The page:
Hakes said that “these aren’t humongous amounts.” But he noted that commodity markets have their own psychology and that fairly small amounts can have an impact.
The administration also announced that it would invoke the Defense Production Act to encourage the domestic development of critical minerals needed for producing clean energy technologies such as batteries used for storing renewable energy in electric vehicles.
Drawdowns from the Strategic Petroleum Reserve are rare, but Biden has turned to the Strategic Petroleum Reserve before. On Nov. 23, Biden announced he would withdraw 50 million barrels to lower gasoline prices in coordination with US allies to “address the mismatch” between supply and demand during the pandemic. And earlier this month, the Energy Department announced plans to release 30 million barrels of oil from the reserve given the effect of Russia’s Ukraine invasion.
This most recent move, like the one earlier this month, targets the approximately 2 million barrels a day of Russian oil that the administration says are off the market because of a “buyer’s strike.”
“With the previous SPR releases, the Biden administration has been targeting price, which marked a break from prior policy of using stockpile releases to backfill a major supply disruption or refinery outages,” Helima Croft, head of global commodity strategy at RBC Capital Markets, said in a note to investors, adding that with the Biden administration “promising further sanctions if Russia continues to wage war in Ukraine, we believe that the SPR release is being used as a tool to blunt the impact of these foreign policy decisions for US consumers.”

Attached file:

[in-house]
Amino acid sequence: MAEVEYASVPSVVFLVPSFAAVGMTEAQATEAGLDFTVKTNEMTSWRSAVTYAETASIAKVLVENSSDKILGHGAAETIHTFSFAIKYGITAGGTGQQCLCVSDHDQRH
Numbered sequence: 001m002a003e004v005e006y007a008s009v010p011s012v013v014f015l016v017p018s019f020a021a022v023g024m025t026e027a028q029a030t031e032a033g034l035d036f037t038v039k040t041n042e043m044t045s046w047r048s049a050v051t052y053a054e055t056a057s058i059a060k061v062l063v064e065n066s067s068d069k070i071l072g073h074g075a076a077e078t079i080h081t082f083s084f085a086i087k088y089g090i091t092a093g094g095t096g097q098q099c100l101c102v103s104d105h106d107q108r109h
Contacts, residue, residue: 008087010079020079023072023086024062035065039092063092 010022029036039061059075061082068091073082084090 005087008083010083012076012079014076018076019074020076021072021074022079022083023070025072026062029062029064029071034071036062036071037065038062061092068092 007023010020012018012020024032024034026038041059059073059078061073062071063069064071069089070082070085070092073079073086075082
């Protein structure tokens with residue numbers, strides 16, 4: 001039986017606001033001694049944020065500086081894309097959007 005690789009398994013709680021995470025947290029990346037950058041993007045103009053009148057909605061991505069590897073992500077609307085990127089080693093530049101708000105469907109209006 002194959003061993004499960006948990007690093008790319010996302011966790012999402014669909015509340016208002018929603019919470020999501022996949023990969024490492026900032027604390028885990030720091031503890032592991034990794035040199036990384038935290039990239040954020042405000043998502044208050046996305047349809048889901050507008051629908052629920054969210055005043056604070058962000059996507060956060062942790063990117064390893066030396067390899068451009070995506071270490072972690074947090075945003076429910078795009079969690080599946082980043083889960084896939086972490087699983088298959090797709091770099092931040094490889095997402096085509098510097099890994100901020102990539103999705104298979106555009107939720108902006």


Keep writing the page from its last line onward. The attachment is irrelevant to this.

Republicans, meanwhile, are pressing Biden to expand oil drilling here at home. Senator Bill Cassidy, a Louisiana Republican and a member of the Senate Energy and Natural Resources Committee, released a statement saying that “releasing additional oil from the Strategic Petroleum Reserve must be accompanied by a plan to increase production and backfill the supply.” Cassidy said that “the Biden administration must not put our future energy security at risk for a short-term attempt to salvage the president’s plummeting poll numbers.”
The Strategic Petroleum Reserve has been a largely bipartisan project. It was established after the Arab members of the Organization of the Petroleum Exporting Countries embargoed the United States because of its assistance to Israel during the Yom Kippur War in 1973. President Gerald Ford signed the Energy Policy and Conservation Act on Dec. 22, 1975, establishing the reserve. President Jimmy Carter constructed facilities at salt domes used for storage along the Gulf of Mexico coast. President Ronald Reagan continued to purchase oil for the stockpile.
At its peak, the reserve stored 726.6 million barrels, but Congress and the Trump administration sold off portions of it for budgetary reasons. The reserve’s inventory stood at 568.3 million barrels on March 25.